Kaaren Whitney

Kaaren Whitney p.1

Balance

And They Made Tools

I Wear Lipstick So People Can Hear My Poems

Balance
He sashays up the ladder, angle-braced
between moat and thatch, as if
he is an acrobat or perhaps
a dancer, balances the bundle of reed
which earlier graced a Suffolk church.
He bends across to butt the once green stalks,
matching them to the adjacent curve,
then shores up the ends with his hands
finishing the tilt with the leggett's thump-thump
advancing each layer of the coat.
Begun at the base and worked upwards
nine hundred bundles, dried and tied, shape
the circular undulating roof,
its central smoke vent above,
fire pit, dirt-pounded floor below.
The thatcher sets up a steady rhythm
between land and sky. Reed, once soil bound
now hoisted, protects the small Crannog,
a snug retreat for meditation
on fire, water, earth, air and spirit.

Copyright © 2011 Kaaren Whitney
Balance read by Kaaren Whitney
And They Made Tools

simple at first, a stick, a sharpened bone,
extensions of coarse fingers, rough ragged
from grubbing soil to get at starch tubers,
roots for the blood clan's sustenance, once mashed,
stone pounding fibre into flat pulp,
sweeter, easier to eat.
Walking the land, they learned by feel its skin,
discovered food from the earth-speak terrain.
They found river pebbles, half cracked, thonged them
stick fashion, granting more accurate aim.
Flaked flints, 'slicers', scraped clean small mammal hides,
destined to become medicine bags, clan
clothing for these nomadic gatherers
who captured prey in nettle woven nets,
traps sprung from tree limbs, from stick covered holes.
Survival their goal, uniformity
a surety, but new ways of doing,
living, becoming tool makers took hold.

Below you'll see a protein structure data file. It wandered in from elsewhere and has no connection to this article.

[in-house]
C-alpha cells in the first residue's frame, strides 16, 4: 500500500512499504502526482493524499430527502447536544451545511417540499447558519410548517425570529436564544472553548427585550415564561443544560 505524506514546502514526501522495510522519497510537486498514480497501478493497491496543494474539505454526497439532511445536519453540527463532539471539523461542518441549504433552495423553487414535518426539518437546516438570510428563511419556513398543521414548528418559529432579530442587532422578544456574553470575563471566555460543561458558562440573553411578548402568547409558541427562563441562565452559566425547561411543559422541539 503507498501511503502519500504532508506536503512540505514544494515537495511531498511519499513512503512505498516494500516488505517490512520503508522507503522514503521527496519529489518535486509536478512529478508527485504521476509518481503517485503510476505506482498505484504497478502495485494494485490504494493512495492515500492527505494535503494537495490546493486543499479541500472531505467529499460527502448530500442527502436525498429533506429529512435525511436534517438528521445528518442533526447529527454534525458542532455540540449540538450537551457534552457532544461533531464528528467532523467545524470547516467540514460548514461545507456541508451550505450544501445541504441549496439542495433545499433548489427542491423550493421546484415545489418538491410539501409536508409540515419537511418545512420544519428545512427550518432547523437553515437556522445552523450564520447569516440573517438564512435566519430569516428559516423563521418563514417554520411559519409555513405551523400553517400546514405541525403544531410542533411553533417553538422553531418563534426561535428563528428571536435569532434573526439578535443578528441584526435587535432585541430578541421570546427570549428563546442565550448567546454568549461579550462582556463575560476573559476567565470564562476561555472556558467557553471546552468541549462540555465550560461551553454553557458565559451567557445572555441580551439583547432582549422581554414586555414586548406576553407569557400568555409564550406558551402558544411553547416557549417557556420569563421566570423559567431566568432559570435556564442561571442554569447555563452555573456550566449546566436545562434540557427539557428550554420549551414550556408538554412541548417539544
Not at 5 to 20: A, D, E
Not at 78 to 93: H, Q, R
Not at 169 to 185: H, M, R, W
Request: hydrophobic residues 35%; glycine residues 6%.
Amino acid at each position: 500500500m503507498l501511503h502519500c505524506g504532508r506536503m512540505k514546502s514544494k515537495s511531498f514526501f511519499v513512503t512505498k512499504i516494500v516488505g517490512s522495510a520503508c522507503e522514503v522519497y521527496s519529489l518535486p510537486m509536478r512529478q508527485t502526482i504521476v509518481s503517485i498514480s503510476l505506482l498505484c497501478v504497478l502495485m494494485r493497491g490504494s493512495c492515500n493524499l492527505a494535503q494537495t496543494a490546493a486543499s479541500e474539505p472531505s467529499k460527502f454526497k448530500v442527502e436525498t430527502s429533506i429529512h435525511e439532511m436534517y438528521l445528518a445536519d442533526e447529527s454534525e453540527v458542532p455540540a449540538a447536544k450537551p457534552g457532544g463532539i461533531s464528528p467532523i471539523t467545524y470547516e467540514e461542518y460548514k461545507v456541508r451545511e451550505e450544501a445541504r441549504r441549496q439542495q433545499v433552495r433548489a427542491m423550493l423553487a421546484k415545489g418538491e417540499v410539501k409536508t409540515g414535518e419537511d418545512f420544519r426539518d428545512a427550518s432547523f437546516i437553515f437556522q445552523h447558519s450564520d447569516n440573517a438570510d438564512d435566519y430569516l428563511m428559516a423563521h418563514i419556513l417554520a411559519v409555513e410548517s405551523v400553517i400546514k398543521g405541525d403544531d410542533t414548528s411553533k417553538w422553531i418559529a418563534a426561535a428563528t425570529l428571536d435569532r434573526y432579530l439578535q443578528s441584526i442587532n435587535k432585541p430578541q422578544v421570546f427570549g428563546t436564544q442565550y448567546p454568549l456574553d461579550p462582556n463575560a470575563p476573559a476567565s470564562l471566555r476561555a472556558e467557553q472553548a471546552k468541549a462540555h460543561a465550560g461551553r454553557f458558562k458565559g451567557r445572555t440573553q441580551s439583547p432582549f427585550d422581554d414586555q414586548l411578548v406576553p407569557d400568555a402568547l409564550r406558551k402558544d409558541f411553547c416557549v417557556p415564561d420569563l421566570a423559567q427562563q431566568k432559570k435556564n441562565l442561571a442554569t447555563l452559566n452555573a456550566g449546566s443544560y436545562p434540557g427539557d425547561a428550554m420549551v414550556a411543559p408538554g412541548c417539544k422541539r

They walked the land upright.
They lived in community.
They made tools.
And they survived.

Copyright © 2009 Kaaren Whitney
They Became Tool Makers - JTuckett
They Became Toolmakers: original cyanotype by John Tuckett
And They Made Tools read by Karen Whitney
I Wear Lipstick So People Can Hear My Poems

define the outline in deep red with vain hope
of enunciating each syllabic phrase
with a flawless precision that will enhance
its aural reception in the listenerʼs ear.

It is my last ditch stand to stem comments
like ‛couldnʼt quite make out what you said, dearʼ
‛loved your poem but I didnʼt catch all the wordsʼ
‛you dropped your voice at the end, just couldnʼt hear.ʼ

I much prefer to bask in supporterʼs views
of my voice being deep, rich and throaty,
a voice that conveys emotion, elusive
at times,  forthright when needed, soothing at best.

RADA-trained teacher slightly improves output,
not her fault my voice box resonates in low,
or soft, while I do my utmost to project;
to me it seems like shouting, all feeling lost.

She says 'vary the rhythm, quicken the pace, 
let go here, put emphasis on the last word'.
Although I always give of my all, when I heard
about lipstick, I thought, thatʼs something I can do!

Copyright © 2010 Kaaren Whitney
I Wear Lipstick So People Can Hear My Poems read by Kaaren Whitney

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